How do you write up-lifting, start-of-an-era music? With difficulty it seems, as Kurt Masur has discoveredby Ivan Hewett / January 20, 2000 / Leave a comment
Ending on an up-beat
Given that everything has to have a millennial theme right now (my local DIY shop boasts a “millennium screwdriver”), it is hardly surprising that concert halls and record shops have been awash with end-of-an-era pieces. What’s been lacking, surprisingly, are start-of-an-era pieces. None of the five “Millennium Messages” premiered late last year by the New York Philharmonic fulfilled conductor Kurt Masur’s hope that they would “reflect the hopes and dreams we all have as we enter the next century… unified by the basic idea that we all want to live together in peace.” The five composers (from Russia, Germany, England, the US and Japan), knowing that soothing bromides make bad music, fashioned more complex and ambiguous responses to the moment-much to the dismay of the Disney Corporation, which sponsored the event.
If Kurt Masur wanted wide-eyed optimism, he should have talked to the Chinese composer Tan Dun, who lives on his doorstep in New York. In fact Dun did write a World Symphony for the Millennium, although not for the New York Phil. And he had already proved his talent for affirmative music with a symphony to celebrate the handover of Hong Kong. He pressed all the right buttons then-children’s voices to signify hope, ancient Chinese gongs the east, the orchestra the west, and so on. Despite its longueurs, the piece had a certain guileless charm about it. The new symphony lacks even that, and although it presses the same buttons (ancient meets modern, bright new dawn, joyous knees-up, cold north meets warm south) the only note struck is one of bathos. The movement called The East sounds like The Road to Morocco without the laughs, while At Sunrise sounds like Rolf Harris’s didgeridoo.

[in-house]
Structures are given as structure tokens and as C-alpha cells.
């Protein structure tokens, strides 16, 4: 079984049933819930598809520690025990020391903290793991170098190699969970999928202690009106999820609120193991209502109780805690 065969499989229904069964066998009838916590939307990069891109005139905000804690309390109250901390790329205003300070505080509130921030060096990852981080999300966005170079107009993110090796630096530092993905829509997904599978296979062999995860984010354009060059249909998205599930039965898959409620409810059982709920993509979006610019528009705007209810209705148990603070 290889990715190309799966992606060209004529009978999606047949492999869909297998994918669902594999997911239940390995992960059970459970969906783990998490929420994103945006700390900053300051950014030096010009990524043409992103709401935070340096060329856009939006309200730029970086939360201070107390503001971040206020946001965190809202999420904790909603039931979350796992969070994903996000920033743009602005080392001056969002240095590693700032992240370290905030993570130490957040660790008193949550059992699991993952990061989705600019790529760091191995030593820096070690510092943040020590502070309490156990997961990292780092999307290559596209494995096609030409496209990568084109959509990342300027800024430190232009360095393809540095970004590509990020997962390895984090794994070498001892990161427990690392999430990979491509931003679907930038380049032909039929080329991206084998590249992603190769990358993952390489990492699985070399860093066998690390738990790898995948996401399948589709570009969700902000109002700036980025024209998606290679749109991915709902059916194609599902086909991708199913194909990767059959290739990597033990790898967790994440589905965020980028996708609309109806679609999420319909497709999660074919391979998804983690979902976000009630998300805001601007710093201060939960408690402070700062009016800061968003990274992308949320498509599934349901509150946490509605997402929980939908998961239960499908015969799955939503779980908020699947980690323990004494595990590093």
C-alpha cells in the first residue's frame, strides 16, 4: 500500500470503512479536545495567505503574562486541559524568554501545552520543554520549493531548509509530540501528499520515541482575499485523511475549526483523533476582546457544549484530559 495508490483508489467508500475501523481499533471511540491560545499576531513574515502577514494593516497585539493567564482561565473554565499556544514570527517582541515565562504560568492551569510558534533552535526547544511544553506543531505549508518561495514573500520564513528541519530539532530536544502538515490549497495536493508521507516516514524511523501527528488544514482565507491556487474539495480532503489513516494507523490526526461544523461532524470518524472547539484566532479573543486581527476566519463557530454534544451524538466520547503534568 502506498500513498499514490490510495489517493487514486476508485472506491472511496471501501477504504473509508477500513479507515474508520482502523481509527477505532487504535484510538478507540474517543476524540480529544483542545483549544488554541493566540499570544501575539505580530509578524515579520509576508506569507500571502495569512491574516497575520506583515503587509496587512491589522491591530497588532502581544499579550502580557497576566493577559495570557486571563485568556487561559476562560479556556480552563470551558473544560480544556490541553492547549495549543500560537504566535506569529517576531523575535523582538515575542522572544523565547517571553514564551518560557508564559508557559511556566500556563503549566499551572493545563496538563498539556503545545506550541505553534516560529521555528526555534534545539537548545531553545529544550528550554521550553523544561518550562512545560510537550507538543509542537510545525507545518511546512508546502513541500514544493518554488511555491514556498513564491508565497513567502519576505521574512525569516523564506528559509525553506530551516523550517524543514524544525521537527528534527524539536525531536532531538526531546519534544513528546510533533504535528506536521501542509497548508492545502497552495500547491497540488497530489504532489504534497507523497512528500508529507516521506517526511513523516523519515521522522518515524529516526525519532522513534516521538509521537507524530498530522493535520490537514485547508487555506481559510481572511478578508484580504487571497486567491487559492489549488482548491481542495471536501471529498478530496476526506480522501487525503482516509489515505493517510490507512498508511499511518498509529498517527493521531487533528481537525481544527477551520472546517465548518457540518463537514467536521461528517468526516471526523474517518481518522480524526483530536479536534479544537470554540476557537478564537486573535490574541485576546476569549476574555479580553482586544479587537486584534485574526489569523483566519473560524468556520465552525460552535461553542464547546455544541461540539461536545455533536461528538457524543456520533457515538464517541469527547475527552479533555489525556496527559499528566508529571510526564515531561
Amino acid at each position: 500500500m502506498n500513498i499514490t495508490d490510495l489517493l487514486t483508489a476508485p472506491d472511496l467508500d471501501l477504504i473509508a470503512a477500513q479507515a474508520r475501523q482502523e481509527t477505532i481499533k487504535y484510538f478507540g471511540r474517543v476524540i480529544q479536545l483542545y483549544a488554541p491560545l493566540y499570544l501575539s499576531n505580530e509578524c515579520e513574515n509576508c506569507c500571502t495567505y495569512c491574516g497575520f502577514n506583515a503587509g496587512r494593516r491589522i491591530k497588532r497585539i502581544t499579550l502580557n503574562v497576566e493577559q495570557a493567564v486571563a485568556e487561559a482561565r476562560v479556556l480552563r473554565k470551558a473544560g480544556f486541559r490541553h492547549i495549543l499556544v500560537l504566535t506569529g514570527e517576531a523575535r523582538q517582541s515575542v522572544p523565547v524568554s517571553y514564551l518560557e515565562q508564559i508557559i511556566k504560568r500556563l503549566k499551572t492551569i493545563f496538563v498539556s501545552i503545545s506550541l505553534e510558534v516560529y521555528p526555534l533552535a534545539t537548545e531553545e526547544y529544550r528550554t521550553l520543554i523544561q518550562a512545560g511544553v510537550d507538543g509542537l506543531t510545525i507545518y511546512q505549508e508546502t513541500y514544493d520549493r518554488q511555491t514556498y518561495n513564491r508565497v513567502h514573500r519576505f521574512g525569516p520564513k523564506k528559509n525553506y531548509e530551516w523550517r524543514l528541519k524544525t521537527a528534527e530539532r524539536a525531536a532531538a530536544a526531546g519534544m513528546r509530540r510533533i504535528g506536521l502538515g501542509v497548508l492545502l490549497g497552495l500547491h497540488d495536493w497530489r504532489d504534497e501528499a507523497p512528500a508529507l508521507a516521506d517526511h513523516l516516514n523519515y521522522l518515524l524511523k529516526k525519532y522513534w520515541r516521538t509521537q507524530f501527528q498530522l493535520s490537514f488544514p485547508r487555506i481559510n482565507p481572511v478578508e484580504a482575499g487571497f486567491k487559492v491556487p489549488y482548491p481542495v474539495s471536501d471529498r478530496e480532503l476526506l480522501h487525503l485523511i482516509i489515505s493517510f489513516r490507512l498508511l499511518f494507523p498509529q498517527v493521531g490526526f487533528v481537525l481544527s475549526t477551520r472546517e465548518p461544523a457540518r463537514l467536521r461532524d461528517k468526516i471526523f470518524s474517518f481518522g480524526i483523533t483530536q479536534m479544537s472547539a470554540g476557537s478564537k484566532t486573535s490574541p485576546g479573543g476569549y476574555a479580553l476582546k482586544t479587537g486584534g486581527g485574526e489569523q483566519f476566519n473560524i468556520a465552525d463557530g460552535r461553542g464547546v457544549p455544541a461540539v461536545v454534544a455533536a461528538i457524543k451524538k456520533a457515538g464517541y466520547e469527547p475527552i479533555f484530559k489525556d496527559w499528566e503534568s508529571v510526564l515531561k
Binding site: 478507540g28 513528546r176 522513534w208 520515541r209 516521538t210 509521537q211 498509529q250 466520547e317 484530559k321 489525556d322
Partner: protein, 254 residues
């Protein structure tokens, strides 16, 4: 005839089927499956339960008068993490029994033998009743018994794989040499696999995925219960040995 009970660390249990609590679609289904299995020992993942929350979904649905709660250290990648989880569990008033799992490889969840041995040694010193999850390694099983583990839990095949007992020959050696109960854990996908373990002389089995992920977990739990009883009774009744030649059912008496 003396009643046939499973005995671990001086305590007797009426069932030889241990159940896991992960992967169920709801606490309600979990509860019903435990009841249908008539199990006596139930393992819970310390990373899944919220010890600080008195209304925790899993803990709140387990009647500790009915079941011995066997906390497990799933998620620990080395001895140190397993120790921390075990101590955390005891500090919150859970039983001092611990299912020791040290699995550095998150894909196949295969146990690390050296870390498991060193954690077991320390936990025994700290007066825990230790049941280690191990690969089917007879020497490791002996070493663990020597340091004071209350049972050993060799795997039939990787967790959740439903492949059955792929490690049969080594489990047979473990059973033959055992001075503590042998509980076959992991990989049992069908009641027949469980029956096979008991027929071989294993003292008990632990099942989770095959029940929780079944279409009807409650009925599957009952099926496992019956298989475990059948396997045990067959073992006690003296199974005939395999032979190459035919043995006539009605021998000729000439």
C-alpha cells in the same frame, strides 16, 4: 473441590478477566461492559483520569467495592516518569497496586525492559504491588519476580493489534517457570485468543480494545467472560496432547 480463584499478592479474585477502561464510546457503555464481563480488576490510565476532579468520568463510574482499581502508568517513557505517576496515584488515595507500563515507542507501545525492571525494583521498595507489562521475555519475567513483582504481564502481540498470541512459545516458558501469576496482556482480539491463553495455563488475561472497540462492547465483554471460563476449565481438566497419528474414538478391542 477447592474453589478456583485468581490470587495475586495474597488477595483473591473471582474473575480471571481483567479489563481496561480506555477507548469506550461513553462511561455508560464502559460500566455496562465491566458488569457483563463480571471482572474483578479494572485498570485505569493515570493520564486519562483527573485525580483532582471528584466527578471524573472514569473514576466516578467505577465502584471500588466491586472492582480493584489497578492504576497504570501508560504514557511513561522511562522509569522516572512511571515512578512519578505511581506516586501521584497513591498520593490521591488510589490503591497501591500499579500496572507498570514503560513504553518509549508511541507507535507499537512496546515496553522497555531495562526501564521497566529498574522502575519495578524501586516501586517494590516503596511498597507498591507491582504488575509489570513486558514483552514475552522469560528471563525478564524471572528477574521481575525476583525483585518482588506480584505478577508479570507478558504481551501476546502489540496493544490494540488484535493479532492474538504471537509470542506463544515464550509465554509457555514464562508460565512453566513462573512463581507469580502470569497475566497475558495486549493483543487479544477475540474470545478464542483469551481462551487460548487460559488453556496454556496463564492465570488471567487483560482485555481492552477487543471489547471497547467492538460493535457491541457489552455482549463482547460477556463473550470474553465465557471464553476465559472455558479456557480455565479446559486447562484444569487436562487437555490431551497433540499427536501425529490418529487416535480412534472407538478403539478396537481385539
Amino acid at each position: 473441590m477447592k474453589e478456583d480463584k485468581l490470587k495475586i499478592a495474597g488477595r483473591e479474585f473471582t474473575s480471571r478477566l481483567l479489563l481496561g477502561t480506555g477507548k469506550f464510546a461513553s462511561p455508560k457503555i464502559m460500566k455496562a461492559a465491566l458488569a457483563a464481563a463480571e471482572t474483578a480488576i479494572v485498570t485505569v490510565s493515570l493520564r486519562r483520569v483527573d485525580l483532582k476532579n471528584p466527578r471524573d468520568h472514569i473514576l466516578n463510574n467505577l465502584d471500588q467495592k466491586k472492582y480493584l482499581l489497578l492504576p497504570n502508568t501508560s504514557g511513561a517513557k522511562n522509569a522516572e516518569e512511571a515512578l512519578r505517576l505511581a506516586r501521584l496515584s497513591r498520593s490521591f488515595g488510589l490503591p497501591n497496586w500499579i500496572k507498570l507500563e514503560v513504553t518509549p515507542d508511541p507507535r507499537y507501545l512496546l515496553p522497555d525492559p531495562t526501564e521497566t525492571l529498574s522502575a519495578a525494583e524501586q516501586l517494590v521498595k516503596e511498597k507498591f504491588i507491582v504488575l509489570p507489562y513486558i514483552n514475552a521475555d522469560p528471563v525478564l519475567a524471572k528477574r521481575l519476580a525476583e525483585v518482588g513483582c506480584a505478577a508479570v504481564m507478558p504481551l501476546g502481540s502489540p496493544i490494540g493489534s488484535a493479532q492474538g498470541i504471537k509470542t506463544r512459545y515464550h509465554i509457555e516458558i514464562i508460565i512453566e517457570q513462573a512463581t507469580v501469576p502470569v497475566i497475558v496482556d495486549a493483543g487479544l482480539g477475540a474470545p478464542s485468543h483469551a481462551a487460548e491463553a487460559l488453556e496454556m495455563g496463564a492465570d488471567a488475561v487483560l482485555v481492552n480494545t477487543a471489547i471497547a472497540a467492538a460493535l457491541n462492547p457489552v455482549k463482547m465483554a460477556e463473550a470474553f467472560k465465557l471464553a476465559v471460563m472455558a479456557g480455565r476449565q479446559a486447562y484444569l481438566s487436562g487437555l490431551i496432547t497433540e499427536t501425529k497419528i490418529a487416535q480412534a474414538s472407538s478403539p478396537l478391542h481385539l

Flattery and fluency
Good taste was at one time what musical modernism was trying to escape, although in the recent works of the elder statesmen of modernism-Berio, Boulez, Ligeti-you’d hardly know it. The music of the gifted 28-year-old Thomas Ad?s may share the “licked surface” of those masters, but it comprehends a rude, nose-thumbing energy as well, as his Grawemeyer prize-winning piece Asyla proves. The Grawemeyer is normally awarded to greying composers such as Birtwistle and Ligeti, and it shows how fast Ad?s has moved from wunderkind to big-league player. His rise mirrors that of George Benjamin, another Cambridge composer. But they have very different roots. Benjamin was the favourite student…